LAWRENCE — British Prime Minister Theresa May in a surprise move Tuesday called for a general election three years ahead of schedule.
According to international news reports, May's call for a snap election on June 8 is an apparent effort to seek more leeway in coming Brexit negotiations with the European Union, especially if May's Conservative Party gains seats in the House of Commons as expected.
Voters in the United Kingdom shocked the world last summer in a referendum when a majority decided to leave the European Union.
University of Kansas researchers who follow UK politics and history are available to discuss issues surrounding may's call for a snap election.
Patrick Miller, assistant professor of political science, can discuss political opinion and election issues surrounding the general election. Miller's broad research interests include mass political behavior, and he follows politics in the United Kingdom as well as American politics.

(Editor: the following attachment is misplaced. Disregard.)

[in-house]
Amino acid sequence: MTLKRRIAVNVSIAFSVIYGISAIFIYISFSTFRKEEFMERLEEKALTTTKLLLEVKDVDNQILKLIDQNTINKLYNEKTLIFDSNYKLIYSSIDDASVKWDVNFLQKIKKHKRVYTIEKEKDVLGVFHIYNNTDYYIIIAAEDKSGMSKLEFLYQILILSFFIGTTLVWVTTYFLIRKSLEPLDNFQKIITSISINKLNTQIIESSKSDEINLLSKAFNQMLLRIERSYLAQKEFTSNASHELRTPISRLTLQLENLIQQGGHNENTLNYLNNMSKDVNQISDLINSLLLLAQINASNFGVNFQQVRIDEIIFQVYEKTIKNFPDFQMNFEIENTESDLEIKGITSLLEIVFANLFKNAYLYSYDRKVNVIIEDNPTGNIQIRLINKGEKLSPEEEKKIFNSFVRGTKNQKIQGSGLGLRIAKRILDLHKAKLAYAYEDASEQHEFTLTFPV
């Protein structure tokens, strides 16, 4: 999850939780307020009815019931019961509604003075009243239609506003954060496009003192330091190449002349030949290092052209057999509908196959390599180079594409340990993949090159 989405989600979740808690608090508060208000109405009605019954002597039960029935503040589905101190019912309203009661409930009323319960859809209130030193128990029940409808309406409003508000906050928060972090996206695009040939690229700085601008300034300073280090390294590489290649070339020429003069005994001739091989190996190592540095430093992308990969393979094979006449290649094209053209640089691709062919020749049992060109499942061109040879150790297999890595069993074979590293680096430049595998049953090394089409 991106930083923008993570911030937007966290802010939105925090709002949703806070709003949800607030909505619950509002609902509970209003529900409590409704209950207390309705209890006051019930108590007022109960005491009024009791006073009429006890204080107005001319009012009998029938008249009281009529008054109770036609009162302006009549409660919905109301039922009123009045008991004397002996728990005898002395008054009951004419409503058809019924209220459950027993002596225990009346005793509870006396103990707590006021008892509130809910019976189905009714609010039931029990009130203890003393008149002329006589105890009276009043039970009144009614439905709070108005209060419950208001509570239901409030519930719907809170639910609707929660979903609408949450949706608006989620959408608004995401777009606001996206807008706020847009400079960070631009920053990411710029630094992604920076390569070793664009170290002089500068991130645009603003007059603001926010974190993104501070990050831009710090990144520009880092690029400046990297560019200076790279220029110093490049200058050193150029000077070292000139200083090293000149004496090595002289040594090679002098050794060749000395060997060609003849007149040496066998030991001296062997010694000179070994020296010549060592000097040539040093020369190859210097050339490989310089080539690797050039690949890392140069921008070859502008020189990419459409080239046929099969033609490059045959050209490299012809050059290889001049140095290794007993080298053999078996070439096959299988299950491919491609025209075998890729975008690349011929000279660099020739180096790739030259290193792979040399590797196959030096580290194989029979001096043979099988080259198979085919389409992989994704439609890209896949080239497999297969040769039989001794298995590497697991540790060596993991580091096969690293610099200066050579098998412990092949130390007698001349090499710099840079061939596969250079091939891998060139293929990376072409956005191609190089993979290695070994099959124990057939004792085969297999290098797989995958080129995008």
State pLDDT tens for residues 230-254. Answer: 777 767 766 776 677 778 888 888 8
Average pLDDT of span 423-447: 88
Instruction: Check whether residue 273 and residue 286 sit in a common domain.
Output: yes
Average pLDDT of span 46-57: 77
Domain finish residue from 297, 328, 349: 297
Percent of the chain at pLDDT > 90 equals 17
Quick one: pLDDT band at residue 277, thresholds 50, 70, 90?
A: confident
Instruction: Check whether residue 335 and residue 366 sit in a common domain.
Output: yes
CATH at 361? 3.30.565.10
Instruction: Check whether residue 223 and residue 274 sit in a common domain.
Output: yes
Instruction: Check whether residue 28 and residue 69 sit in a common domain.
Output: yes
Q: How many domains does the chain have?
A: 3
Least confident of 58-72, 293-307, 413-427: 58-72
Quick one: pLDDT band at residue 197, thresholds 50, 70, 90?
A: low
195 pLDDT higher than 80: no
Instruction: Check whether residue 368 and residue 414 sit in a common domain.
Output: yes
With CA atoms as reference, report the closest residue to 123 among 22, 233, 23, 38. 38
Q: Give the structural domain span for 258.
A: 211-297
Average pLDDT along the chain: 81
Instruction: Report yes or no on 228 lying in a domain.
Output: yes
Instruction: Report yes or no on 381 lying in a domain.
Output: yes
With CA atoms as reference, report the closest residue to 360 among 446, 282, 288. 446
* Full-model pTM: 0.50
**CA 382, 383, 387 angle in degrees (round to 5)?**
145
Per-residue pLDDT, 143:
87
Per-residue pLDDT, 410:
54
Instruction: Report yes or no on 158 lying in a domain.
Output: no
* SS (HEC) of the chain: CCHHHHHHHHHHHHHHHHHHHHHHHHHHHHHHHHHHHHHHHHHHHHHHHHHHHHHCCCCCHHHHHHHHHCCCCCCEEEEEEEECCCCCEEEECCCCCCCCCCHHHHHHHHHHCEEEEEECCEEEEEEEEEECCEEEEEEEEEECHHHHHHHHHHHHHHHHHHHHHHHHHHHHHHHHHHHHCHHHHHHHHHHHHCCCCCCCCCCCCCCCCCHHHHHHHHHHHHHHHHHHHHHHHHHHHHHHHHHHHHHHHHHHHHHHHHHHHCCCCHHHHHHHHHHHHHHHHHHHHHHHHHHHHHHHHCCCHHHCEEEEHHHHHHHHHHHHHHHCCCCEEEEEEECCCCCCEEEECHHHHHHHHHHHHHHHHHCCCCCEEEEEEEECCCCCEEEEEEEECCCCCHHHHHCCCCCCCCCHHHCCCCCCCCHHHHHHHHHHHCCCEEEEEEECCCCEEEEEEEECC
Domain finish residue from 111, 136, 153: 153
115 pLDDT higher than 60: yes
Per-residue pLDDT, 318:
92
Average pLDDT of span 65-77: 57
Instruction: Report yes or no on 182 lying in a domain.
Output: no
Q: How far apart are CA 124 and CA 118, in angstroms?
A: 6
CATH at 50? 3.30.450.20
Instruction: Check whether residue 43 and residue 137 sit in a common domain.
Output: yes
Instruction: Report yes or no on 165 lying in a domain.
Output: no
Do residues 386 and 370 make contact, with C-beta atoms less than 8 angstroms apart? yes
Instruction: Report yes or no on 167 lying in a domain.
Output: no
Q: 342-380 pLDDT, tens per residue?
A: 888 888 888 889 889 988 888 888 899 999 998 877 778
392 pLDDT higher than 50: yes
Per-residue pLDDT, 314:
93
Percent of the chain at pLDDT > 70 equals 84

Robert Rohrschneider, the Sir Robert Worcester Distinguished Professor of Political Science, has written extensively about political skepticism toward members in the European Union and the potential influence of nationalism on elections in European countries. Rohrschneider, who in 2016 served as a Fulbright visiting professor at Pembroke College, University of Oxford, has participated in symposiums and media interviews about the Brexit and other issues in Europe after the recent financial and migration crises.
Jonathan Clark, Hall Distinguished Professor of British History, has written about the political and legal history surrounding the Brexit, including the emergence of a politicized judiciary in the United Kingdom.